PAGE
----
Chinese badminton superstar Lin Dan survived a major scare to set up a mouth-watering semi-final clash with Malaysian arch-rival Lee Chong Wei at the Rio Olympics on Wednesday.

Two-time Olympic champion Lin required three games and one hour eight minutes to defeat ninth-seed Srikanth Kidambi of India after top-ranked Lee cantered to a routine victory against Taiwan’s Chou Tien-chen.

Lin, who is bidding for a third consecutive Olympic gold, won the first game easily, triumphing 21-6, but succumbed in the second, losing 21-11, before scraping the third game 21-18.

At one point “Super Dan”, currently ranked third in the world but regarded by some as badminton’s greatest-ever player, was 11-8 down in the final game and in danger of crashing out of the Olympics.

“It was difficult for me because the audience were cheering for the Indian player,” Lin told reporters. “But at 11-8 I just focused on winning. I had no other thoughts,” he added.

Competing in his fourth and probably final Olympics in Rio, the 32-year-old shuttle star Lin is going for a third singles gold after triumphing at his home Beijing Games in 2008 and again in London four years ago.

Malaysia’s Lee had earlier turned his attentions towards Lin after hailing a routine victory to set up the semi-final clash with his arch nemesis.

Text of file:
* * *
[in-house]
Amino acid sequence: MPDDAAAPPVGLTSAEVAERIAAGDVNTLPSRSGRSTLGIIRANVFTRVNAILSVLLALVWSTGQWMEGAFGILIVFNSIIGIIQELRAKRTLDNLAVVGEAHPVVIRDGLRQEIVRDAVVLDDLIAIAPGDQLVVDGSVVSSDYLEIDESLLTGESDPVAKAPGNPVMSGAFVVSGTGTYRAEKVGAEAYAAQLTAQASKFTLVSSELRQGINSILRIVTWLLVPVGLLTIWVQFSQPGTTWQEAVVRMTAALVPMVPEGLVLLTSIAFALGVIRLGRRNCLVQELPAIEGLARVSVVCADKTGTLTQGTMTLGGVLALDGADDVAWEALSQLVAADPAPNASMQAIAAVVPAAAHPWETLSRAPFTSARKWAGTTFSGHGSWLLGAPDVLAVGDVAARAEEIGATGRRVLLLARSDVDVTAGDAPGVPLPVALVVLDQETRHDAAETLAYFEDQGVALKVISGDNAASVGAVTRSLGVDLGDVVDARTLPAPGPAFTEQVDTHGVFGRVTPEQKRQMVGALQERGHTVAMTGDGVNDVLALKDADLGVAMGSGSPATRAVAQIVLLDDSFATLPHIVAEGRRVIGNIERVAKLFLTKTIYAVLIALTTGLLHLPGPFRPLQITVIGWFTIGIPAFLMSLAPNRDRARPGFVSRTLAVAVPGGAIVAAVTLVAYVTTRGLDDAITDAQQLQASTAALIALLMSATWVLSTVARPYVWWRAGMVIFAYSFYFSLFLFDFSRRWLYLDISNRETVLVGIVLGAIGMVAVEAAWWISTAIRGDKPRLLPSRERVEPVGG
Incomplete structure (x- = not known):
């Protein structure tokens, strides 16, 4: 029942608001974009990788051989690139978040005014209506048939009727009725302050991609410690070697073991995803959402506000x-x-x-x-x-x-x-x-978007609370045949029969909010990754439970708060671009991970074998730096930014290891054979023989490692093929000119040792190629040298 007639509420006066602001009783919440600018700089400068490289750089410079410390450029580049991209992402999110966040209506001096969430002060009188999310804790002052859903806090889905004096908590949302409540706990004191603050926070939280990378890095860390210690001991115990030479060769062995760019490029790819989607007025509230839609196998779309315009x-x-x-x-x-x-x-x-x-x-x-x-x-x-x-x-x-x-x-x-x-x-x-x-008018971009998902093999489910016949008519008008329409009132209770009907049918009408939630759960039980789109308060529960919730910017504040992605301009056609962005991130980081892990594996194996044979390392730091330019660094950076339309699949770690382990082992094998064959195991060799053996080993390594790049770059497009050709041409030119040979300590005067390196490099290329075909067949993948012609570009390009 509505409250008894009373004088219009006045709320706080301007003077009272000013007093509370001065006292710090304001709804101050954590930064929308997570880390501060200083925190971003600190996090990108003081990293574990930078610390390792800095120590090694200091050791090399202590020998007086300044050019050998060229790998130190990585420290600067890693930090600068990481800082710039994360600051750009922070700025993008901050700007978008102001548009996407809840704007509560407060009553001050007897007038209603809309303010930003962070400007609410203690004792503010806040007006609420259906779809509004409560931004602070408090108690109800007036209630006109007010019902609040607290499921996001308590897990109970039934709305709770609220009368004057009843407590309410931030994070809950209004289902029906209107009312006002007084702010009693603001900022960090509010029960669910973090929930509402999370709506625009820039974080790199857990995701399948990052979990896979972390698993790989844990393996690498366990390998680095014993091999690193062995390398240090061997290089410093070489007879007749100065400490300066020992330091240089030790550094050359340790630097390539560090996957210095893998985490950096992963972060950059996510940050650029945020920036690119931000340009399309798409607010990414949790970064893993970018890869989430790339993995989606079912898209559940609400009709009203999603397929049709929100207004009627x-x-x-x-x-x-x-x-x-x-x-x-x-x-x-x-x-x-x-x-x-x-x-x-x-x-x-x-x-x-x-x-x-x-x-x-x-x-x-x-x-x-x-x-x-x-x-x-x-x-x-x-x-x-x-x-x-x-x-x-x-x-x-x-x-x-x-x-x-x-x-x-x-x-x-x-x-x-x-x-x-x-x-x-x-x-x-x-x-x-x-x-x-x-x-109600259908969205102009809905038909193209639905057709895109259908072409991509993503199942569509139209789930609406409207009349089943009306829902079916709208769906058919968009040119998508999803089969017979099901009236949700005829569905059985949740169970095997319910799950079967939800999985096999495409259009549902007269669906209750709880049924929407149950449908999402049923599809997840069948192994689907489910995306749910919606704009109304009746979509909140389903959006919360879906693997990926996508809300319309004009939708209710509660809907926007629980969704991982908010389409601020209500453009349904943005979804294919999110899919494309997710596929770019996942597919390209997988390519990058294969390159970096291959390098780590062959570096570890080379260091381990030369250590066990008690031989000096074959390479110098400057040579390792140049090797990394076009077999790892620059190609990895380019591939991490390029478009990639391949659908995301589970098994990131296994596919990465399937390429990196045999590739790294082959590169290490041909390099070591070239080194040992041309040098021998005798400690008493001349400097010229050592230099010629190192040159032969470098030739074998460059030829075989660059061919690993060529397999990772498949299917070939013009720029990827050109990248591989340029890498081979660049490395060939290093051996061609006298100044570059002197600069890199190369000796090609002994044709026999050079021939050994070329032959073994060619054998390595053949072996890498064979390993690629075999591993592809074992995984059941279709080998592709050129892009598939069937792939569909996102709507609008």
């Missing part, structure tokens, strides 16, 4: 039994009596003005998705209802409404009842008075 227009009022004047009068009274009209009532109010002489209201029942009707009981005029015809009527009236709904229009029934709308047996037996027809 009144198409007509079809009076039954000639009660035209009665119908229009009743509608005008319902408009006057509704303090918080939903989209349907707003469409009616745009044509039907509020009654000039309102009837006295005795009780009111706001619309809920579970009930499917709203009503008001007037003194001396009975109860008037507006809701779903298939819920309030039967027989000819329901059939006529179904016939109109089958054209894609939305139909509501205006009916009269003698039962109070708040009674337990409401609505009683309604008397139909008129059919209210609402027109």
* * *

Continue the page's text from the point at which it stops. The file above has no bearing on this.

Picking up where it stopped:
Top-ranked Lee, who has never won a world or Olympic title, lost the last two Games finals to his Chinese rival and the Malaysian is desperate for that elusive gold.

“I don’t think so much about playing Lin Dan in the semi-final. I just focused on my condition and match,” said Lee after brushing aside the Taiwanese Chou to set up the last-four clash.

“But now I’m thinking about Lin Dan,” added Lee, who took just 42 minutes to complete a routine 21-9, 21-15 victory over sixth-ranked Chou.

The 33-year-old Lee has fought his way back to the top of the rankings after returning from a doping ban last year and is taking a final shot at Olympic glory in Rio.

Lee, who tested positive for a forbidden anti-inflammatory drug at the 2014 world championships, admitted that he was feeling the burden of expectation as the badminton competition neared its business end.

“Number one means more pressure. A lot of top players are losing at this tournament so I must be very careful,” he said.

The victor is likely to face China’s world number two Chen Long, who is playing in the other half of the draw. – Agence France-Presse

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